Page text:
If we observe and wait or follow them around the room commenting on what they are doing, then we are waiting for a child with known communication difficulties to show us what they want. Instead, we need to interpret their needs based on a full psychodynamic understanding of their individual profile.  That information will inform how we set up the physical environment that will facilitate regulation, and how we can join them.  Certainly, when we get to know a child for the first time, we should be more gentile and gradual with our involvement.  At times that may mean briefly waiting and observing because we are being sensitive to a more reactive/sensitive child’s profile, but that is only necessary some of the time in certain situations.  Waiting and Observing is not a consistent part of Following the Child’s Lead, and if you watch videos of Dr. Greenspan coaching parents, you will never see him recommend this. 

To become part of a child’s world you have to join them both physically and verbally. We tell parents to “Do Something and Say Something”.  Most children are more comfortable or only able to communicate with their bodies, i.e. physically.  Making sure they see us participating in what they are doing physically is communicating to them that we are here to join you, we are interested in you and what you are doing, and we respect your choice.  This means getting on the floor and playing with your own car, standing next to the slide and putting your arms across it, or putting your hand on the swing ropes while they are climbing in.  However, to make sure the child knows you are there to have fun and play (necessary elements of Greenspan Floortime®), you have to use language to express affect and intent.  Affect is our outward expression of inner emotional states, and it is shared through our words, vocal tones, gestures, and facial expressions.  We tell most parents and professionals to verbally express your actions and make sur you are using changes in tone to express anticipation of a coming action. You want the child to hear and see the words in action.  Afterall, how can a child learn to process language receptively and expressively if they don’t hear it in an emotionally meaningful context.  Some “Floortime” SLP’s say don’t talk because the child has auditory processing difficulties.  That is incorrect and potentially detrimental to their progress. Parents, caregivers, and professionals should talk by making statements and occasionally asking questions, but do it in a warm, slow, and calm manner that the child is interested and able to process.  Using phrases like, “IIIII’mmm comingggggg… to tickle you!” usually gets a smile if it is using just prior to gentle tickles.  The child first hears the words and then associates the action, the sensation, and the emotional experience all together. If it’s done in a gradual manner and the child enjoys it, they usually want more.  We had dozens of children say their first words, or word approximations, around these sensory games.  This doesn’t mean that we should be talking the entire time.  We need to pause and allow the child to respond, just like we do in an adult conversation.  Think about the pattern/rhythm you ideally establish with another person; you say one or two things and then you let them respond.  The same is true when using these techniques with children, but their response will likely be gestural/non-verbal and sometimes subtle.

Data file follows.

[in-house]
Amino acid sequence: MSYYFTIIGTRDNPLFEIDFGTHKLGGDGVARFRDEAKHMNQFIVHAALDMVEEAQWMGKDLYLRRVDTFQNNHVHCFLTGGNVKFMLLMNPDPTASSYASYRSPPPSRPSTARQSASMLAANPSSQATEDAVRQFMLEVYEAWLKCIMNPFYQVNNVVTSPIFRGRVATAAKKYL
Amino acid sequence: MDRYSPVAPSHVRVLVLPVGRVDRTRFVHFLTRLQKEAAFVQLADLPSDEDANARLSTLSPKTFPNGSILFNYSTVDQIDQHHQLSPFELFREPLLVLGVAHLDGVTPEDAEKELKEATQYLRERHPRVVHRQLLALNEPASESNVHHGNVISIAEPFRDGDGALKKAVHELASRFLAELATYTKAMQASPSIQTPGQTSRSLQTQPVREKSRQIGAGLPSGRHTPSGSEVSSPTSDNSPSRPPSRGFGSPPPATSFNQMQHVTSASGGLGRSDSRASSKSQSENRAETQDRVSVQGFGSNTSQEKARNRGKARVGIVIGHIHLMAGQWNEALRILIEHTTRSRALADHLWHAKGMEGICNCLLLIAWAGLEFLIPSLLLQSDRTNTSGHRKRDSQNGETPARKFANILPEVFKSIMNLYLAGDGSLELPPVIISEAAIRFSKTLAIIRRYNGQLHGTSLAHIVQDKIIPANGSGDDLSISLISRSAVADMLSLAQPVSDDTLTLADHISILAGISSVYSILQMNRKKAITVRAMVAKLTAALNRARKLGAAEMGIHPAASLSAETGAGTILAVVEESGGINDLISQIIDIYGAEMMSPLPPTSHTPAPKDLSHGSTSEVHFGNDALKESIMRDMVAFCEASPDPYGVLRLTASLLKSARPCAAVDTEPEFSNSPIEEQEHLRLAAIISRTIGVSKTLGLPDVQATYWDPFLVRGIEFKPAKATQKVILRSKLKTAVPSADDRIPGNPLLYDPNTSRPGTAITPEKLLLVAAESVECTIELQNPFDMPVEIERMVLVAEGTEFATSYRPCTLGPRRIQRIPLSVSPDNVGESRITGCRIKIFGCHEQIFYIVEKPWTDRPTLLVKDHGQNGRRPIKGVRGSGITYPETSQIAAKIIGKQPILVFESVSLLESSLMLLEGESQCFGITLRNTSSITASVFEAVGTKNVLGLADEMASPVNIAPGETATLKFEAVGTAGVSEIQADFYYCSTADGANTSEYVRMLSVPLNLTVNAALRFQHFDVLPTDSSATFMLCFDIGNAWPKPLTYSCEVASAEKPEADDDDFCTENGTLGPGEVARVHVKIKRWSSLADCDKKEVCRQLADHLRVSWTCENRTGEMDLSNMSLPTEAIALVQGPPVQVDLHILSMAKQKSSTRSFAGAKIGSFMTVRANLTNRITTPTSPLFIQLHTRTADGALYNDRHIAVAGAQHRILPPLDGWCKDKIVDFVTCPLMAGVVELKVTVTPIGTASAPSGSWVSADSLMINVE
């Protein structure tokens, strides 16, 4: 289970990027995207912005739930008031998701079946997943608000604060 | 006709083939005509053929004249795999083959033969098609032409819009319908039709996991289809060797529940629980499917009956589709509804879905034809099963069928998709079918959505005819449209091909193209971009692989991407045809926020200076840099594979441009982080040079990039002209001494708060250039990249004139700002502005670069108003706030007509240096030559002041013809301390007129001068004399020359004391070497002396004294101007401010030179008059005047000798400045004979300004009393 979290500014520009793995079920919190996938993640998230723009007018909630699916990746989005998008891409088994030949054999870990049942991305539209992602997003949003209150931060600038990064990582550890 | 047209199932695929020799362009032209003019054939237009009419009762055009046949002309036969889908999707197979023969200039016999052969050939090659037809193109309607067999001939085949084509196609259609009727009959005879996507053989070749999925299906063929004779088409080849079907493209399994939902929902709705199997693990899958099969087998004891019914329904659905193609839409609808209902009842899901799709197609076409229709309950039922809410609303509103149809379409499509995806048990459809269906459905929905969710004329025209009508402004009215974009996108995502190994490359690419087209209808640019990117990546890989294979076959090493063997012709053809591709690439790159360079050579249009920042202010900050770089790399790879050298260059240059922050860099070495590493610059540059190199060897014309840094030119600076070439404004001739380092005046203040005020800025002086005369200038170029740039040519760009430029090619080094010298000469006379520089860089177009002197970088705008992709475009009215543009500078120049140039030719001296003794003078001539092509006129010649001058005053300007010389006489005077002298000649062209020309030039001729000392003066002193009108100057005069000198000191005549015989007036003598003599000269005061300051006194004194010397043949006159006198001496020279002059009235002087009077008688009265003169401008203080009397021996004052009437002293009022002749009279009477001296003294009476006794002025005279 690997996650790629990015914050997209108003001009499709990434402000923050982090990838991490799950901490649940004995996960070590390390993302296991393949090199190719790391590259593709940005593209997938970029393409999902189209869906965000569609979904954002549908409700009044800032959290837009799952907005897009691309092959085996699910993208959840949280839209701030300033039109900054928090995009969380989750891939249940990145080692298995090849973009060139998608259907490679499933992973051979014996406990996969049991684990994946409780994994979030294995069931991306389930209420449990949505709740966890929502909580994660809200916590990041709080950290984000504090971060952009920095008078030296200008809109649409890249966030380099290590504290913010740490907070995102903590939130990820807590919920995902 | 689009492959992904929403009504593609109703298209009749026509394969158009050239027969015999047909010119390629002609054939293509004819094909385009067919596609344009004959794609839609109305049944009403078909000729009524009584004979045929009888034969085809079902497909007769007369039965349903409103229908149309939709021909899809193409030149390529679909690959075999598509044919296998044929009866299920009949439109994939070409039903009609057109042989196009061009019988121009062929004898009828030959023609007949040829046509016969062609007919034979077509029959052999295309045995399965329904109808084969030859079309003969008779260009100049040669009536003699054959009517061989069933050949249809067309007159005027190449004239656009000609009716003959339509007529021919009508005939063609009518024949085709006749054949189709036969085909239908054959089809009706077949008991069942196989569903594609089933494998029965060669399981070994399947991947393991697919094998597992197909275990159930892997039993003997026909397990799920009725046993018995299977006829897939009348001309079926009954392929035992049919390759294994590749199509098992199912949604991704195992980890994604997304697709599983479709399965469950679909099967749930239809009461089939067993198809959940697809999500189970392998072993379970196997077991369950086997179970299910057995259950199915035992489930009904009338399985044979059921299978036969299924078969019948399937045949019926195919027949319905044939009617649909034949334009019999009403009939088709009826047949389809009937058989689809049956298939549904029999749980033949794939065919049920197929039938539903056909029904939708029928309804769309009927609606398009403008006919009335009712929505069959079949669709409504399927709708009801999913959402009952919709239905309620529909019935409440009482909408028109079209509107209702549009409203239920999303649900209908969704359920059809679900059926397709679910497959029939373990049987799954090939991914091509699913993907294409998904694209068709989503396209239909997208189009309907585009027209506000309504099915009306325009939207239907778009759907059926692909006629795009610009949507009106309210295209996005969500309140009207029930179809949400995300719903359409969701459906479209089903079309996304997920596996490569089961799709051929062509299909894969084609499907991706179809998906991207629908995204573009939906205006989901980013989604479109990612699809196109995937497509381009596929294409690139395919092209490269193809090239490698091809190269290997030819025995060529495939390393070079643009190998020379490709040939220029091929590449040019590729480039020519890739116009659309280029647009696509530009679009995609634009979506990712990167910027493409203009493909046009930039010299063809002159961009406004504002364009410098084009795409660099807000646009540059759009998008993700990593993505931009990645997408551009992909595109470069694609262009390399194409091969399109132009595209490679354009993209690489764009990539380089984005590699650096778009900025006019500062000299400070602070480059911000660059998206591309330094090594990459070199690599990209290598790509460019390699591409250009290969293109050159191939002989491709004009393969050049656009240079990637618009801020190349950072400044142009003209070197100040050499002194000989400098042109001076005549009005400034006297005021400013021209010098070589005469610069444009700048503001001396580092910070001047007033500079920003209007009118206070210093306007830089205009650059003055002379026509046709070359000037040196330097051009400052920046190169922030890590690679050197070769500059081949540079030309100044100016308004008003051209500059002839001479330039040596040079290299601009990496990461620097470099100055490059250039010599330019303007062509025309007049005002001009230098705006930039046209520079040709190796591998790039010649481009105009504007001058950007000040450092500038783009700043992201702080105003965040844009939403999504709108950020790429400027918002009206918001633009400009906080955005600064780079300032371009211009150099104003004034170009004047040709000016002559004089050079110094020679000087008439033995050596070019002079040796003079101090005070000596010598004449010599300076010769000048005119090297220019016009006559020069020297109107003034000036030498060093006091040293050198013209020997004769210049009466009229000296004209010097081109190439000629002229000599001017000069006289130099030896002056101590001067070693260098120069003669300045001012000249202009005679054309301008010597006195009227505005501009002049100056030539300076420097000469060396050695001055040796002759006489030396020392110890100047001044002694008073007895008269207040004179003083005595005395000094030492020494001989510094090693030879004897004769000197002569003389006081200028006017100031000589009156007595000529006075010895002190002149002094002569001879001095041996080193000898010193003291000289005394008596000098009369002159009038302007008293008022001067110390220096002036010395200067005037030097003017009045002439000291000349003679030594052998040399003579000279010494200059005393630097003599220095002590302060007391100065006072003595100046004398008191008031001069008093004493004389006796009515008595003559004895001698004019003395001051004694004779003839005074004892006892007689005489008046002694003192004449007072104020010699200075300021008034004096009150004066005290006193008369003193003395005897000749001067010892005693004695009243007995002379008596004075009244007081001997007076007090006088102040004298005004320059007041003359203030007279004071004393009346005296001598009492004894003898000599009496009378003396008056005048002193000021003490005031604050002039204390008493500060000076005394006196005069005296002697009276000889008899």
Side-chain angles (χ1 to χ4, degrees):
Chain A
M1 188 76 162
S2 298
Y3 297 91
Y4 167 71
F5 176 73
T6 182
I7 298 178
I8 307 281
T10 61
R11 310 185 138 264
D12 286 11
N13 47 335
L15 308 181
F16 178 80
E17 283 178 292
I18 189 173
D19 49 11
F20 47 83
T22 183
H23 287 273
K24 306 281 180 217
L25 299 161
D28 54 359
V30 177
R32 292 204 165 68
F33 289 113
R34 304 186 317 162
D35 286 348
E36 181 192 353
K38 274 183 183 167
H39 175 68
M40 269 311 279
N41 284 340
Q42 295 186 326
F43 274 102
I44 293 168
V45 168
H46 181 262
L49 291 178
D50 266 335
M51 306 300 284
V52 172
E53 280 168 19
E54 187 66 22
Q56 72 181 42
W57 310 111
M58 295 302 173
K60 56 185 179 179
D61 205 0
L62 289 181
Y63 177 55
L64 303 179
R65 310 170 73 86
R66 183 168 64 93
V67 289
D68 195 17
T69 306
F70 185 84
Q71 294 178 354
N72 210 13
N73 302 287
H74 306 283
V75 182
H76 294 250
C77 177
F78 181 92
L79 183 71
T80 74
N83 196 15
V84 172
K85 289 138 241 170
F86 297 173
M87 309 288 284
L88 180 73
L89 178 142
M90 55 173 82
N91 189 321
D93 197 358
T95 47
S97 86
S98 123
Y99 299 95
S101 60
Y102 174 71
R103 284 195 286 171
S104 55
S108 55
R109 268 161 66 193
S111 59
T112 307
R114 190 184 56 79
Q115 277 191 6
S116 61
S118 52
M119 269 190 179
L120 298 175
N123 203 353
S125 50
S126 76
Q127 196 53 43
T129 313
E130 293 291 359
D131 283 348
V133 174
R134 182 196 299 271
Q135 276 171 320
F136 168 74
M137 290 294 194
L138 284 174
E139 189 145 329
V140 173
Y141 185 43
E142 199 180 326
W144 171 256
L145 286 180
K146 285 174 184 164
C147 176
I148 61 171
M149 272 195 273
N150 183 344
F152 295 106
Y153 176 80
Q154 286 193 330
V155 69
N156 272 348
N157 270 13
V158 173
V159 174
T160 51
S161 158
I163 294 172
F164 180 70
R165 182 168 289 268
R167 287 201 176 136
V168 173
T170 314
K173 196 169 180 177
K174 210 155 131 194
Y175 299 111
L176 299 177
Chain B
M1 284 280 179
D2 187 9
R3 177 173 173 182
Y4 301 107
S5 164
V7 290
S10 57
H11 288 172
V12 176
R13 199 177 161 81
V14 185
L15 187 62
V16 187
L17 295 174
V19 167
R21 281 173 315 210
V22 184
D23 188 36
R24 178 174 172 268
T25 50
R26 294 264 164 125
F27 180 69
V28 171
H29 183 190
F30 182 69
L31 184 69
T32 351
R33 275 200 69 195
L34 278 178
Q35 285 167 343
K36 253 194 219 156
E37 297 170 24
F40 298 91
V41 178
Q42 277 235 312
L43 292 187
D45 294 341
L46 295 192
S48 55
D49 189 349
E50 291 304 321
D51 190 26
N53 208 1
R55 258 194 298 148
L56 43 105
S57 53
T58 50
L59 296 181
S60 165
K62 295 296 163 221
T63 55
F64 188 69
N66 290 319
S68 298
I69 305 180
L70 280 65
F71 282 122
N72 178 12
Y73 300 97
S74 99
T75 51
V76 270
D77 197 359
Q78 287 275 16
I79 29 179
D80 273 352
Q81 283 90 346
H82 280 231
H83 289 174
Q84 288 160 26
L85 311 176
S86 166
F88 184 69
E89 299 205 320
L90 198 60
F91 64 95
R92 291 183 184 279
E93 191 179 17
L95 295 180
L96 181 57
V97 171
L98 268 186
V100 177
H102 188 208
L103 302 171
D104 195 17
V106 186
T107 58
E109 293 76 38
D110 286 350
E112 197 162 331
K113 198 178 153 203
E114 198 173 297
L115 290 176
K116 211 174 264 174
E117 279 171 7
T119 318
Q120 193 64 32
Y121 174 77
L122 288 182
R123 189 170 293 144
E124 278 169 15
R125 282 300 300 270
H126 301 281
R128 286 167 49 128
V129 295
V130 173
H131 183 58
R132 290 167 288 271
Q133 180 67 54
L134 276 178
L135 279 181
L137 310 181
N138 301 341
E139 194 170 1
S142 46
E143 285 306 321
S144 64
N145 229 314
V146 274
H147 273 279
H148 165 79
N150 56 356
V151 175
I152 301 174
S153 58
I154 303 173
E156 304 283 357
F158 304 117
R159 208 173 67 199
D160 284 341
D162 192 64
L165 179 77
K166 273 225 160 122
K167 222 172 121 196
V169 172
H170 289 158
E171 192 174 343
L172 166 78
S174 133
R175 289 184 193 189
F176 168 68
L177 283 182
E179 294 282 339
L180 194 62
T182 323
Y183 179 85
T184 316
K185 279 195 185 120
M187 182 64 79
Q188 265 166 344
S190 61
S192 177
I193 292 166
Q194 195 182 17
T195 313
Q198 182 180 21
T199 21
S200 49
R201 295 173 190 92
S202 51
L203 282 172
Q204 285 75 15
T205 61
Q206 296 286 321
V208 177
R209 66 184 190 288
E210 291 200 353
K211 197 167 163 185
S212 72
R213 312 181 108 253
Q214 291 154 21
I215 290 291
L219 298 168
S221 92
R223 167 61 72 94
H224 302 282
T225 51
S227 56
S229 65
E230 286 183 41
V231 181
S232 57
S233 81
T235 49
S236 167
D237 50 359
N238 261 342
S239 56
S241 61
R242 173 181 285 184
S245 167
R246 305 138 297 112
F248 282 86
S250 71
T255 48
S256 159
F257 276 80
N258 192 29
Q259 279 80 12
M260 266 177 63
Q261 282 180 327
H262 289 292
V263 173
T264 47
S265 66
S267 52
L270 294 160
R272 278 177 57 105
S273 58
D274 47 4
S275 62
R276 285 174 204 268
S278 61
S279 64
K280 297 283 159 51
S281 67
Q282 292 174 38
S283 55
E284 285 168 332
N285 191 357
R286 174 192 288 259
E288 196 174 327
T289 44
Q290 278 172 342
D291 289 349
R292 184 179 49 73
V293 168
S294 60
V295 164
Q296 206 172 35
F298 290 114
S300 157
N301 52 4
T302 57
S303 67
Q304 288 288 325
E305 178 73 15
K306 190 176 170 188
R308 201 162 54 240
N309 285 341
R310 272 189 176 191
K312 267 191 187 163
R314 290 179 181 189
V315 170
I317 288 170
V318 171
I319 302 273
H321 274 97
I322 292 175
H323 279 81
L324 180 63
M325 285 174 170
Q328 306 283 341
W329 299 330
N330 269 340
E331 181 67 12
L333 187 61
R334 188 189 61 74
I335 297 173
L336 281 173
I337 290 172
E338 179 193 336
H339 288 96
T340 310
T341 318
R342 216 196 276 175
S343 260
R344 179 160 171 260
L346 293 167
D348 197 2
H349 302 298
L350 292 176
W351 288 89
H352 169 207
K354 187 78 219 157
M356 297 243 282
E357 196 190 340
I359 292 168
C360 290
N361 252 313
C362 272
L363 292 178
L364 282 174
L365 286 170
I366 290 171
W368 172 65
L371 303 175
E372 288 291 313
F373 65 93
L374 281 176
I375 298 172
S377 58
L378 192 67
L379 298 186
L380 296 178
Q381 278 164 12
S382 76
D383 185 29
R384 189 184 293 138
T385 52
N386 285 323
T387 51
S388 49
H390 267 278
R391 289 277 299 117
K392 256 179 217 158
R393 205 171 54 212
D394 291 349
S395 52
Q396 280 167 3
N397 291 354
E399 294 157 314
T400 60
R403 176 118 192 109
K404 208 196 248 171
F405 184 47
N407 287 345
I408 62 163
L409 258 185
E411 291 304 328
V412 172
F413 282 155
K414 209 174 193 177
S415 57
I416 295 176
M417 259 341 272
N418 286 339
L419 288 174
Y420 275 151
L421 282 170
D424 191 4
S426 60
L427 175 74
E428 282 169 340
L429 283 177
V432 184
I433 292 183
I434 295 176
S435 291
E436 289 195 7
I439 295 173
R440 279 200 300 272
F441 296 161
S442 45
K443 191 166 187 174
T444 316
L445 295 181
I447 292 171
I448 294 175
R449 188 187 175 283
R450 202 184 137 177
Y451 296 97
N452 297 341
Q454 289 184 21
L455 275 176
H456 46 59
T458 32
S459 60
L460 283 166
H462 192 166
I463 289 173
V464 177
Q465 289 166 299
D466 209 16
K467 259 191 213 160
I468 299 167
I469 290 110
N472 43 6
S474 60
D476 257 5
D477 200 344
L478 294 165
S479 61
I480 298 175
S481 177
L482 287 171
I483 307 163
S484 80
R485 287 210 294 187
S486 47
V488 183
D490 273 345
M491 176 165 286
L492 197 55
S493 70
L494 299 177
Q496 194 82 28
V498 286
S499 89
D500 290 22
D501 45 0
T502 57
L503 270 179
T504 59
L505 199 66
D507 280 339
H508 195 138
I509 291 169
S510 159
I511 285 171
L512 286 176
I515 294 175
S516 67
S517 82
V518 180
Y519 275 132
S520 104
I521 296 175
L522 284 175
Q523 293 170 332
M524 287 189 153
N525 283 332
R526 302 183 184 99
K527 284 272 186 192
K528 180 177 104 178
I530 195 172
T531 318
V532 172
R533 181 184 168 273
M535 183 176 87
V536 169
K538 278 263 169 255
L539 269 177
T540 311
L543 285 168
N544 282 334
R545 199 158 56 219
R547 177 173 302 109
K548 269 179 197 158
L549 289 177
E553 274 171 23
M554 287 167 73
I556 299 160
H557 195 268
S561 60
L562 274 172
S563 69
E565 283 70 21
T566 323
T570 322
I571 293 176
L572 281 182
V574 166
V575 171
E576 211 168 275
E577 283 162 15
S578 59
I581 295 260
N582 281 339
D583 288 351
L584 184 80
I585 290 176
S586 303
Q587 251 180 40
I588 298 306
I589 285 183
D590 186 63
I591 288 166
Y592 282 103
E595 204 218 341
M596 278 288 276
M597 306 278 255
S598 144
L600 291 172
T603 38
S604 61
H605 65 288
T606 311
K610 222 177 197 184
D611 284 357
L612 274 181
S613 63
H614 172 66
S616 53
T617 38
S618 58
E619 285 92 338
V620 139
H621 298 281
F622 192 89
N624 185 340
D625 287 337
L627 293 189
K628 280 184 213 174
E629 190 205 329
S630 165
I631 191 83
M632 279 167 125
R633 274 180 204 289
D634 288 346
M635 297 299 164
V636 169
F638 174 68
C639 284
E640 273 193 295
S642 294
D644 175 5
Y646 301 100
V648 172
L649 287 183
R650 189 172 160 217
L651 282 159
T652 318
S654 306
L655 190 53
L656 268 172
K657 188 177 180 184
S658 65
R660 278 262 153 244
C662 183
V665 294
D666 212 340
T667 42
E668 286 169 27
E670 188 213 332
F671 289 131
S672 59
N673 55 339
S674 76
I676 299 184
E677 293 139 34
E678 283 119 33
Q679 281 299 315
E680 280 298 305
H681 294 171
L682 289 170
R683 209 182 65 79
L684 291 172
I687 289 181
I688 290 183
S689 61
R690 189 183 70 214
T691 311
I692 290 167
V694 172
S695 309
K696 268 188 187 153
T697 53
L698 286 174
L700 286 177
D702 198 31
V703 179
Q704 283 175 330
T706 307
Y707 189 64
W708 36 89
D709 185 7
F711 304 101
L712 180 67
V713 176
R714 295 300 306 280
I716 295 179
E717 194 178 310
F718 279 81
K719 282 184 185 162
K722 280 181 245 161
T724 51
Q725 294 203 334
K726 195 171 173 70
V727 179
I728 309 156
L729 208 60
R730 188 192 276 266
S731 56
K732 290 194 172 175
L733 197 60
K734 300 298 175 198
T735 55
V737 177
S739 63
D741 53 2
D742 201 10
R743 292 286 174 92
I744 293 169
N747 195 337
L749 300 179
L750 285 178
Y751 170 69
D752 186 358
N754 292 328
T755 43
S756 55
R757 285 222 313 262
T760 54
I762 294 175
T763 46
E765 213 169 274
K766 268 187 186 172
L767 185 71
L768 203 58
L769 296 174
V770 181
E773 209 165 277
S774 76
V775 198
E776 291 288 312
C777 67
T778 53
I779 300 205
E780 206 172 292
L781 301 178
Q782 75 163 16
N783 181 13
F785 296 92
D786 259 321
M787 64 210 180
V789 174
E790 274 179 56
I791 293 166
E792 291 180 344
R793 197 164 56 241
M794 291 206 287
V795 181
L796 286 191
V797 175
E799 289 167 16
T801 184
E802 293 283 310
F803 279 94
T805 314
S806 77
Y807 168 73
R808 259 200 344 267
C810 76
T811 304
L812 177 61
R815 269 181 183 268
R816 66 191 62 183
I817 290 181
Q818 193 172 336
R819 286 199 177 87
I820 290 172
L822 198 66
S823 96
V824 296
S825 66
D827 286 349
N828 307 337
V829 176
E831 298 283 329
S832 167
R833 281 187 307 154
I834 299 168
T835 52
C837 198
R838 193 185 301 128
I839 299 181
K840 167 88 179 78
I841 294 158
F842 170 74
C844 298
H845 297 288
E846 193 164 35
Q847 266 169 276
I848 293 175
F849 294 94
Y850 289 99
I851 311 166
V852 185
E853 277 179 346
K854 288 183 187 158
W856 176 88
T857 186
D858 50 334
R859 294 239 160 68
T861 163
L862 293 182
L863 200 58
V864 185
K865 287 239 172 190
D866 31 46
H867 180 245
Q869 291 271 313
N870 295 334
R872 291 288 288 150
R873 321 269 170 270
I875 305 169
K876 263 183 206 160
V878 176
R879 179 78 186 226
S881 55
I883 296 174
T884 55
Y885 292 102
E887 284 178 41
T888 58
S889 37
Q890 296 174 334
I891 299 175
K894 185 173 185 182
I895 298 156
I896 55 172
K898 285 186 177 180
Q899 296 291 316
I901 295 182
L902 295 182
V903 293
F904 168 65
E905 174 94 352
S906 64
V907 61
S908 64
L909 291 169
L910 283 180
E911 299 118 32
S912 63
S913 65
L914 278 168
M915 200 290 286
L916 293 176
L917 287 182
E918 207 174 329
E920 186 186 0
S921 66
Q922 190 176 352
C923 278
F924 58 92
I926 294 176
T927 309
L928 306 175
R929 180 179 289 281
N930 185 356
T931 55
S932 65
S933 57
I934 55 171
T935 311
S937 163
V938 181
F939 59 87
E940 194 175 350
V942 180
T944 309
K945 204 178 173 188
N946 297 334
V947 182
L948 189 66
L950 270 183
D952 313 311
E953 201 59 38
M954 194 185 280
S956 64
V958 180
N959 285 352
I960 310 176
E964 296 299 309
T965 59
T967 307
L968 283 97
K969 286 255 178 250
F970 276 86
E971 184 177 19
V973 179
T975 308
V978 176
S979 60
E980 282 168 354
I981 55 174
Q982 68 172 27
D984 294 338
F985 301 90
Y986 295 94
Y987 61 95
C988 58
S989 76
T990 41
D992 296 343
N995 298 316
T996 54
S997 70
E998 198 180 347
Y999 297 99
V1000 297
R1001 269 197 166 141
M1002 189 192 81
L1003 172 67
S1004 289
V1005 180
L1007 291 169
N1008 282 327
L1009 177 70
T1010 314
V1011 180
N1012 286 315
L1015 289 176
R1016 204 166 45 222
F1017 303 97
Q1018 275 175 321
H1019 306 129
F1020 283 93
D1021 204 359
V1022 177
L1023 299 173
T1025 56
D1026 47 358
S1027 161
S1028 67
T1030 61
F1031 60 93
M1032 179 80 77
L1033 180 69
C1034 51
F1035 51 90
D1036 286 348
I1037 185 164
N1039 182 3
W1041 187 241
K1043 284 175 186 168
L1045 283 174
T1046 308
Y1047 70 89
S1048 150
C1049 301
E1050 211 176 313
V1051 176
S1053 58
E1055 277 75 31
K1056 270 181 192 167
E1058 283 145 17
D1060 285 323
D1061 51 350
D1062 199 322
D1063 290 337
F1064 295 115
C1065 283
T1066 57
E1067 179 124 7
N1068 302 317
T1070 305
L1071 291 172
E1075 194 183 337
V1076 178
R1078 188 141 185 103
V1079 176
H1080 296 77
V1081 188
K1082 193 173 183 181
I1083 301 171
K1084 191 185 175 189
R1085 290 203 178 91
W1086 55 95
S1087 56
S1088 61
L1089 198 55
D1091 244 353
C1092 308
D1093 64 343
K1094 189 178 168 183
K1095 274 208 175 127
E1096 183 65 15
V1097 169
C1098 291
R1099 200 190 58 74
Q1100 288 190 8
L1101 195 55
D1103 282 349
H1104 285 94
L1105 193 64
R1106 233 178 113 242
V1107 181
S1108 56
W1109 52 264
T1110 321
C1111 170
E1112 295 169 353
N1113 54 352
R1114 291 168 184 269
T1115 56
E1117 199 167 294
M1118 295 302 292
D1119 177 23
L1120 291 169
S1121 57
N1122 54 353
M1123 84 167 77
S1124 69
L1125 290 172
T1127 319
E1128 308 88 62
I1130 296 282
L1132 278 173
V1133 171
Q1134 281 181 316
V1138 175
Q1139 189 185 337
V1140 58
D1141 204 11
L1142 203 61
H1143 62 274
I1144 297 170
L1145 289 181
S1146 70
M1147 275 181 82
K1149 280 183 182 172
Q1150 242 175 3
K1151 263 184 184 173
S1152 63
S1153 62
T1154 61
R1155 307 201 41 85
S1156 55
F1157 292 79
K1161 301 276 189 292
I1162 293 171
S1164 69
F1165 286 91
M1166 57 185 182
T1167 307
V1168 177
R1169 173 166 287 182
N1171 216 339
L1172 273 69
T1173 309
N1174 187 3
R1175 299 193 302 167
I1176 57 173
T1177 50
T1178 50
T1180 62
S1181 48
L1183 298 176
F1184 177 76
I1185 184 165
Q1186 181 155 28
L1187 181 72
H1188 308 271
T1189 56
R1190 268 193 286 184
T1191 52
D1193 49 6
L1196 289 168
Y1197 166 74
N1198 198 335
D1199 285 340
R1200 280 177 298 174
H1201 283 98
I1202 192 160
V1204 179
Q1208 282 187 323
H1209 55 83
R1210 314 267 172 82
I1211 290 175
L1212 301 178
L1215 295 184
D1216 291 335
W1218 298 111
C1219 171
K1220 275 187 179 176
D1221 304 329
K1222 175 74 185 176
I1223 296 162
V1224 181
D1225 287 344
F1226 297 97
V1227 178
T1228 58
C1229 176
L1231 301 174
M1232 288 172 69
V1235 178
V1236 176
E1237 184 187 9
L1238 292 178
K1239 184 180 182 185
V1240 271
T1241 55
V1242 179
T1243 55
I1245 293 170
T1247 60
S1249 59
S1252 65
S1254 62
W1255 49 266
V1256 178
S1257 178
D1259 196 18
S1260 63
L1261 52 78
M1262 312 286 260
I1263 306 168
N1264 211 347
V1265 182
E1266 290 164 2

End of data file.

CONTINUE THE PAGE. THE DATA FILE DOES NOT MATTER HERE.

Once you understand the child’s interests, their communication abilities, their sensory and emotional regulatory system using the Greenspan/DIR™ Model, then following the child’s lead should happen as soon as a child walks into a room.  When a child walks into a familiar space, if they go over to the ladder connected to the bunk bed, we go over with them. We don’t stand back and watch to see what they do. We follow them and we join them, and we try to see why they are interested in that bunk bed. Many children like to climb, so we are there to support their climbing. We might try to climb after them or have a big stuffed animal climb up next.  The decisions we make are based on the types of play that are most developmentally appropriate; sensory play, object-based play, or symbolic play.  (See the Greenspan Floortime® Parent/Caregiver Training Program for more information on types of play)